Thursday, November 27, 2014

Handmade Holiday Gift #5: Carved linoleum stamp gift tags

Posted by Kashmira

Almost 4 years ago I made a trip out to St. Louis from Bangalore to visit sis. This was not just any visit - we were meeting after a whole 5 years and remember, this was before either of the two squirmy tykes were born, so we had a bucket load of events and outings planned.

One among them was a free linoleum carving workshop conducted by Blick the art store. I was really looking forward to it because - for one thing, it had been an age since sis and I crafted together, plus this was something completely new to me. Why, I'd never even seen a lino sheet before! 

So in short the workshop consisted of cutting a piece out a lino sheet on which to carve the stamp, drawing a picture of the stamp, marking the areas to be carved, using a lino cutter tool set to gouge out marked areas and finally using paint to impress the carved shape onto paper. We really enjoyed the process and thought it was a neat way to make long-lasting stamps. (I've carved potato stamps before and since they're perishable felt quite sad while cutting them up for fries - kidding!). So sis ended up buying and gifting me a lino sheet and my very own lino cutter set. 

And now that the season of gifts is here, I thought of writing up a post on carving a stamp that can be used for making gift tags for any present, throughout the year.

I started with my linoleum sheet and lino cutter set that comes with interchangeable blades in different sizes that can be stowed away inside the hollow cavity of the tool that unscrews at the bottom.

Then using regular scissors I cut a piece of lino about 3" * 2". The lino is pretty soft to cut into. I drew the picture of a present with a ball point pen. 

Using an appropriately sized blade, I gouged out parts that I did not want impressed. I had to change to smaller sized blades the closer I went to the markings.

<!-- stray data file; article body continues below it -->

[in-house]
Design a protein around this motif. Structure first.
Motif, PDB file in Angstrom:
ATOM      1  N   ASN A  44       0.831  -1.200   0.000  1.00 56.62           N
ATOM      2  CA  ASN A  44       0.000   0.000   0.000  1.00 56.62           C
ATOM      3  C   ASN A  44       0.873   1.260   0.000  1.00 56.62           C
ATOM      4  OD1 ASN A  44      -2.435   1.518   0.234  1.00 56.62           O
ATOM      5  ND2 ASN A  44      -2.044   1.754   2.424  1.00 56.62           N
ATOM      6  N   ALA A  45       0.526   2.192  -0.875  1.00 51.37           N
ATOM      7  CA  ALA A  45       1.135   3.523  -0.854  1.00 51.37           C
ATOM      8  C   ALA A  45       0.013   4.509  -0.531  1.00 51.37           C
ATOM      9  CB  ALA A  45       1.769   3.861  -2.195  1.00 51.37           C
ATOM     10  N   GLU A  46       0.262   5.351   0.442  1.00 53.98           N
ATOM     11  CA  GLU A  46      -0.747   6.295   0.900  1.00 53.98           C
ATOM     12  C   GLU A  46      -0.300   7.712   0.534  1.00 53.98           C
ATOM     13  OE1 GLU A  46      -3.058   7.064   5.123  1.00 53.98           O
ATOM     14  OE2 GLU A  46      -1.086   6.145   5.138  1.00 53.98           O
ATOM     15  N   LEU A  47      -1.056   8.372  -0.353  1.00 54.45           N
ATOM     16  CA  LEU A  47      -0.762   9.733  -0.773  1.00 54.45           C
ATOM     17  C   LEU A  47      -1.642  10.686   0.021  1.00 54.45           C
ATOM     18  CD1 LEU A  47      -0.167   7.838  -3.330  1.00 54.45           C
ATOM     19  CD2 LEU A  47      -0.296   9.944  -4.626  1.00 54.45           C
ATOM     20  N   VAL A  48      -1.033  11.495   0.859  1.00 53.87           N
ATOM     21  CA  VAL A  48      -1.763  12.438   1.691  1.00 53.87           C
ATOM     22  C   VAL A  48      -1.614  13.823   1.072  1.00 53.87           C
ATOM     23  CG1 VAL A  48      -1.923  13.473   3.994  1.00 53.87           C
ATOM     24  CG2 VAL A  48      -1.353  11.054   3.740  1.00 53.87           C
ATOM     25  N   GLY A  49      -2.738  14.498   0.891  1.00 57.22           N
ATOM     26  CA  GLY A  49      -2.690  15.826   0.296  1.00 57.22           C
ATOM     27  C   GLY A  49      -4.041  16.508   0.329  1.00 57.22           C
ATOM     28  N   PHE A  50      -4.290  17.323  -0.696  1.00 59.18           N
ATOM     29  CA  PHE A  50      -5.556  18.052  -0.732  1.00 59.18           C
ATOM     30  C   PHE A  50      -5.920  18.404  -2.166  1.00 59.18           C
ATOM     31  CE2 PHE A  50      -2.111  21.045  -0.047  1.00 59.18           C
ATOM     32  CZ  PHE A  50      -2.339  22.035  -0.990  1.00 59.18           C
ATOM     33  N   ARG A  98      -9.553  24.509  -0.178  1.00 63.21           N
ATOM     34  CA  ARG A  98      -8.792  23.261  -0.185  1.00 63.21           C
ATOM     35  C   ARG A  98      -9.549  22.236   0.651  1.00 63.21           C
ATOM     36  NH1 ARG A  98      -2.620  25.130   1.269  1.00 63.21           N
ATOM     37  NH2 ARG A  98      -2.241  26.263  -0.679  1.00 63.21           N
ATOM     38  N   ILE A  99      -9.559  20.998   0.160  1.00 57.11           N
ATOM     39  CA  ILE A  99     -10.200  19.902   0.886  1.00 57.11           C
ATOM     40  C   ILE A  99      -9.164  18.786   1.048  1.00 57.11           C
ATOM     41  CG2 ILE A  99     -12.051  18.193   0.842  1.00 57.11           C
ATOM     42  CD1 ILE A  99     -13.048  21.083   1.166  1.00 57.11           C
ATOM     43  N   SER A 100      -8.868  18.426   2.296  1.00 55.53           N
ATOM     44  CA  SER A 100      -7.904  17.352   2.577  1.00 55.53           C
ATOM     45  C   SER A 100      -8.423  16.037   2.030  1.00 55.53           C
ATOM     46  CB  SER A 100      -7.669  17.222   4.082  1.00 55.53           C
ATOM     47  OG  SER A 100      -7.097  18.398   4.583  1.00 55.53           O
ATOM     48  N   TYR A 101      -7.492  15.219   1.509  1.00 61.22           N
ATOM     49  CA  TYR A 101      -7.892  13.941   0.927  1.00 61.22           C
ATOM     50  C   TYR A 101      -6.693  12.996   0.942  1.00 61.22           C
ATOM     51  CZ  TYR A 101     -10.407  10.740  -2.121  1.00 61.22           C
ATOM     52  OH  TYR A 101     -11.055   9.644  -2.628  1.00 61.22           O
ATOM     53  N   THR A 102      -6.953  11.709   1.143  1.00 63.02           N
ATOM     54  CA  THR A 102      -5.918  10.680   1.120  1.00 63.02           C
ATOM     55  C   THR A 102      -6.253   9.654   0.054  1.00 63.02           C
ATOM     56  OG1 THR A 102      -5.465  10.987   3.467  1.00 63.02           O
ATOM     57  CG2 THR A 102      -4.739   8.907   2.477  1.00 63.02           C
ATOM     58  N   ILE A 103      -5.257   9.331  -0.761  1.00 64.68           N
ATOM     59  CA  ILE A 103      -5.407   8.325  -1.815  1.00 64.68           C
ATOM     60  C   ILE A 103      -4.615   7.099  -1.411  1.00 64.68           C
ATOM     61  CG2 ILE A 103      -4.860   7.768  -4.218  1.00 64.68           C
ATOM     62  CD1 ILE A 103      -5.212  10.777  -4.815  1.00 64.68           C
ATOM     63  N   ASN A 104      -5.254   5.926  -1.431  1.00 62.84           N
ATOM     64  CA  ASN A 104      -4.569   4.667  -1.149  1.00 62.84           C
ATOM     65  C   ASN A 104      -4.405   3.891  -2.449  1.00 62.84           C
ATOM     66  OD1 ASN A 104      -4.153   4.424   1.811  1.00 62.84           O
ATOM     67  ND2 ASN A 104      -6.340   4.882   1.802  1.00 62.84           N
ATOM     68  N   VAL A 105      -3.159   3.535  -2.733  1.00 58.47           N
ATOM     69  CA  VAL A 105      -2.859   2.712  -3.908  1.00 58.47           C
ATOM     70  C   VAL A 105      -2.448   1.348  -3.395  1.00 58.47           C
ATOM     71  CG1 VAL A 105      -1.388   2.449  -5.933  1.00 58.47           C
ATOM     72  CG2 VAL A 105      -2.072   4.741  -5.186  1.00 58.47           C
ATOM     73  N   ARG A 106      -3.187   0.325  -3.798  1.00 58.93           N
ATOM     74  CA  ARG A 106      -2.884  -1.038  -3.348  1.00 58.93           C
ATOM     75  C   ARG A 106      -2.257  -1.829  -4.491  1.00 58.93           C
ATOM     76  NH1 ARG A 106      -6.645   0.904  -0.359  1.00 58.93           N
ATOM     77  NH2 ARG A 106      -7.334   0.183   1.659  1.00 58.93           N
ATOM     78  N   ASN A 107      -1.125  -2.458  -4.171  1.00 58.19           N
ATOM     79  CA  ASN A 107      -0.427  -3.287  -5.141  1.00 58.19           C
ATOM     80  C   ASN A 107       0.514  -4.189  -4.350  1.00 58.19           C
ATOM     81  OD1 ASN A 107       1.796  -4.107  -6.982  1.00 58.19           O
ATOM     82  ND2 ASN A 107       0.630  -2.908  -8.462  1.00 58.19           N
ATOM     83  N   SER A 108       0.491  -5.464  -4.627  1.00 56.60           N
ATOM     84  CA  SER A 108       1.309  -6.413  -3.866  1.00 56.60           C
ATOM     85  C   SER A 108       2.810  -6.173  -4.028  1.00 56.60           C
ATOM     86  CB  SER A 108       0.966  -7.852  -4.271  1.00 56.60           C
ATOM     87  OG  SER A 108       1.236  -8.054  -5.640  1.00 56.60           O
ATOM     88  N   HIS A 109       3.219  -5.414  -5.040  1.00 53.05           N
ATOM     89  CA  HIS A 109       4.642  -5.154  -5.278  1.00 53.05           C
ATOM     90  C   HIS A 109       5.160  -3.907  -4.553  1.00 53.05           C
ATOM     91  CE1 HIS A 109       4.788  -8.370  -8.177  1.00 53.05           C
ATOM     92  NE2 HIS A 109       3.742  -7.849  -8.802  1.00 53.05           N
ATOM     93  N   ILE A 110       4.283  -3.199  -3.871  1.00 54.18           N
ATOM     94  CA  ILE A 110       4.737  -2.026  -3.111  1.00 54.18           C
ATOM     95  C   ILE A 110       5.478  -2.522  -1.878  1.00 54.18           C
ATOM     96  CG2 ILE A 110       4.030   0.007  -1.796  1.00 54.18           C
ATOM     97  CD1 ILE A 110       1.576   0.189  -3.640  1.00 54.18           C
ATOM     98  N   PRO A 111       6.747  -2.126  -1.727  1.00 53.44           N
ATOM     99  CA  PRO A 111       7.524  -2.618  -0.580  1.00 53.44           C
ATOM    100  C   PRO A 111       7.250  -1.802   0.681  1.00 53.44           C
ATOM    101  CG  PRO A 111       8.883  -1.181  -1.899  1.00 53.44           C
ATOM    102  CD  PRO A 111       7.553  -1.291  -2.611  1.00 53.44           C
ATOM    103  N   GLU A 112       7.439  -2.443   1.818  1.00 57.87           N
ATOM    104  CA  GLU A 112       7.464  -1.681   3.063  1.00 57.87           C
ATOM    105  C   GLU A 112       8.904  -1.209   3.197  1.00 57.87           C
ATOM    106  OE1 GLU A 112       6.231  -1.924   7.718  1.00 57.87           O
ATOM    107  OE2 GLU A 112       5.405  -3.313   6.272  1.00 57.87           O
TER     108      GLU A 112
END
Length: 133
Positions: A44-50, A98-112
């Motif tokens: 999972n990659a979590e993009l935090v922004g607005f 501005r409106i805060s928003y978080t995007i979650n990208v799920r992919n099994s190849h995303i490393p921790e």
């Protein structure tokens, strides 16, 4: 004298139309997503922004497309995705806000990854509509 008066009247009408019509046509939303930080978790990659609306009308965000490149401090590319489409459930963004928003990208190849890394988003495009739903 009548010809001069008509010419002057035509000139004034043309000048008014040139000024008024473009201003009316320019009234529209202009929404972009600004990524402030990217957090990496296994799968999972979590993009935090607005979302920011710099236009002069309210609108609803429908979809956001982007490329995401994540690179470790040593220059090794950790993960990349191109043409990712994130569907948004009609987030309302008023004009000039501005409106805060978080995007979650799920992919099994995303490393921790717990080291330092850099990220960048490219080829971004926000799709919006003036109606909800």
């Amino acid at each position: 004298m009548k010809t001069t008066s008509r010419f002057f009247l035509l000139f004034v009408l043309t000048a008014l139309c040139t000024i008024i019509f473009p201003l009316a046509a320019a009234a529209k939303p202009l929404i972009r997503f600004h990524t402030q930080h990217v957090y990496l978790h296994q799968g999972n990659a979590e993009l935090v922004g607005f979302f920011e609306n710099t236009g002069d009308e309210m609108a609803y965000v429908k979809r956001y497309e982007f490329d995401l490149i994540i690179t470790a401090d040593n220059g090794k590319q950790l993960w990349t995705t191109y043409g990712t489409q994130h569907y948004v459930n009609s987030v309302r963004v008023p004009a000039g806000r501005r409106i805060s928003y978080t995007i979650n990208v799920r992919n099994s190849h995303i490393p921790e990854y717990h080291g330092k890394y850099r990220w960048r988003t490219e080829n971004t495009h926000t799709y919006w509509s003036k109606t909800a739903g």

Similarly I made a couple of more stamps.

Then painted the stamp with watercolor and pressed it onto a paper cut to gift tag size.

Here's my collection of colorful little gift tags.

I punched a hole at the top of one and threaded a ribbon through it. Gift tag all set to go atop a present!

A couple of years ago I had a party favor order for which I sewed little purses with printed fabric on one side and plain off-white fabric on the other. I carved a few stamps and applied fabric paint on them to stamp on the plain side.

I'd also carved a quaint rotary dial telephone to make these contemporary mobile phone cozies.

Well, that's it for today then. I have travel plans coming up next month, so we will be on a little hiatus. But we will be back in January with lots of craft and sewing. Until then, here's wishing everyone a wonderful Thanksgiving and happy holidays!

Monday, November 24, 2014

Handmade Holiday Gift #4: Butterfly Hair Accessory

Posted by Kashmira

Here is a cute little idea to make for cute little girls as stocking stuffers - the delightful fabric butterflies. This project, much like the gifts in our previous posts of the series, requires small bits of fabric which you can easily find in your stash. Plus it is a great way to make a variety of color combinations.

Here's what you'll need:
1) Two pieces of fabric 4" * 3"
2) Two pieces of fabric 3.5" * 2.5"
3) One piece of batting 4" * 3"
4) One piece of batting 3.5" * 2.5"
5) One tiny bit of felt 2" * 1"
6) One small button

Step 1) Place the larger piece of batting on work surface. Put the larger pieces of fabric right sides together on top of batting. Draw the outline of a butterfly shape within the rectangle while leaving out the border for a 1/4" seam allowance. Mark two points on the outline to leave a gap open while sewing.